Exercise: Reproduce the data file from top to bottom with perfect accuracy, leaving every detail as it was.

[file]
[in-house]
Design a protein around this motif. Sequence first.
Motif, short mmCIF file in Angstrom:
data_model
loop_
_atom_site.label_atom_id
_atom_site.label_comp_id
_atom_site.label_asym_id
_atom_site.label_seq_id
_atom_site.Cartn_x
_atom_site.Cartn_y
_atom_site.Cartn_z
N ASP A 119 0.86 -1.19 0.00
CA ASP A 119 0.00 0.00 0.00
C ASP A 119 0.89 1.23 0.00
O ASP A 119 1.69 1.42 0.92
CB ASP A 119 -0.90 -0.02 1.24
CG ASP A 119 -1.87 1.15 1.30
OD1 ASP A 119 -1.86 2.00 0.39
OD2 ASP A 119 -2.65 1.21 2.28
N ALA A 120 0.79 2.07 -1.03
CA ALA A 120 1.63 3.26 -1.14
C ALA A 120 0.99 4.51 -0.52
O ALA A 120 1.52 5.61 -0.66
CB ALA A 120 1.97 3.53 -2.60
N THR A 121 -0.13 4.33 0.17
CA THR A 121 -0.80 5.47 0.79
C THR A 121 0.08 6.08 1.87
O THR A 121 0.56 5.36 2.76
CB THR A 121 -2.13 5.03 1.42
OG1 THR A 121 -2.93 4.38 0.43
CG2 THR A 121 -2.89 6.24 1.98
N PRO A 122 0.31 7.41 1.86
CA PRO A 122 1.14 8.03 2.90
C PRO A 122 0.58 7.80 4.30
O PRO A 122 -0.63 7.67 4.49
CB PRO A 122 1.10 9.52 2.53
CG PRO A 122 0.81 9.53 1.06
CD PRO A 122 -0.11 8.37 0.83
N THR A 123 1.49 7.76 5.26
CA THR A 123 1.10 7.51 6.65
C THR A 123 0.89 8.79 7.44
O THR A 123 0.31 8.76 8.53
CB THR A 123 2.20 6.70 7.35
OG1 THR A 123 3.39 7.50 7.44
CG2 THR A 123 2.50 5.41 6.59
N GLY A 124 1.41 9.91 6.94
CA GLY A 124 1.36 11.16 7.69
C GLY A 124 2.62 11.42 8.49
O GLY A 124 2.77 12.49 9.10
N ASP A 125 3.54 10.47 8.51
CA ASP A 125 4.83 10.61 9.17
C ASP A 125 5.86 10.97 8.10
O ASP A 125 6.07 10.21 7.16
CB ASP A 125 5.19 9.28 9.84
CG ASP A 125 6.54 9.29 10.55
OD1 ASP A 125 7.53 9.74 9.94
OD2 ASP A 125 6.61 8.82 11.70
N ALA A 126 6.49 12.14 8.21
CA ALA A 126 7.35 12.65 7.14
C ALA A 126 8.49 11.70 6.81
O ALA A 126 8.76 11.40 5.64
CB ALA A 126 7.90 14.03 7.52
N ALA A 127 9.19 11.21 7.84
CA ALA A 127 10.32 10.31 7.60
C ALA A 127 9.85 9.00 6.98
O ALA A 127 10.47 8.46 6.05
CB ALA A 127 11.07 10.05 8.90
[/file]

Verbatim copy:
[in-house]
Design a protein around this motif. Sequence first.
Motif, short mmCIF file in Angstrom:
data_model
loop_
_atom_site.label_atom_id
_atom_site.label_comp_id
_atom_site.label_asym_id
_atom_site.label_seq_id
_atom_site.Cartn_x
_atom_site.Cartn_y
_atom_site.Cartn_z
N ASP A 119 0.86 -1.19 0.00
CA ASP A 119 0.00 0.00 0.00
C ASP A 119 0.89 1.23 0.00
O ASP A 119 1.69 1.42 0.92
CB ASP A 119 -0.90 -0.02 1.24
CG ASP A 119 -1.87 1.15 1.30
OD1 ASP A 119 -1.86 2.00 0.39
OD2 ASP A 119 -2.65 1.21 2.28
N ALA A 120 0.79 2.07 -1.03
CA ALA A 120 1.63 3.26 -1.14
C ALA A 120 0.99 4.51 -0.52
O ALA A 120 1.52 5.61 -0.66
CB ALA A 120 1.97 3.53 -2.60
N THR A 121 -0.13 4.33 0.17
CA THR A 121 -0.80 5.47 0.79
C THR A 121 0.08 6.08 1.87
O THR A 121 0.56 5.36 2.76
CB THR A 121 -2.13 5.03 1.42
OG1 THR A 121 -2.93 4.38 0.43
CG2 THR A 121 -2.89 6.24 1.98
N PRO A 122 0.31 7.41 1.86
CA PRO A 122 1.14 8.03 2.90
C PRO A 122 0.58 7.80 4.30
O PRO A 122 -0.63 7.67 4.49
CB PRO A 122 1.10 9.52 2.53
CG PRO A 122 0.81 9.53 1.06
CD PRO A 122 -0.11 8.37 0.83
N THR A 123 1.49 7.76 5.26
CA THR A 123 1.10 7.51 6.65
C THR A 123 0.89 8.79 7.44
O THR A 123 0.31 8.76 8.53
CB THR A 123 2.20 6.70 7.35
OG1 THR A 123 3.39 7.50 7.44
CG2 THR A 123 2.50 5.41 6.59
N GLY A 124 1.41 9.91 6.94
CA GLY A 124 1.36 11.16 7.69
C GLY A 124 2.62 11.42 8.49
O GLY A 124 2.77 12.49 9.10
N ASP A 125 3.54 10.47 8.51
CA ASP A 125 4.83 10.61 9.17
C ASP A 125 5.86 10.97 8.10
O ASP A 125 6.07 10.21 7.16
CB ASP A 125 5.19 9.28 9.84
CG ASP A 125 6.54 9.29 10.55
OD1 ASP A 125 7.53 9.74 9.94
OD2 ASP A 125 6.61 8.82 11.70
N ALA A 126 6.49 12.14 8.21
CA ALA A 126 7.35 12.65 7.14
C ALA A 126 8.49 11.70 6.81
O ALA A 126 8.76 11.40 5.64
CB ALA A 126 7.90 14.03 7.52
N ALA A 127 9.19 11.21 7.84
CA ALA A 127 10.32 10.31 7.60
C ALA A 127 9.85 9.00 6.98
O ALA A 127 10.47 8.46 6.05
CB ALA A 127 11.07 10.05 8.90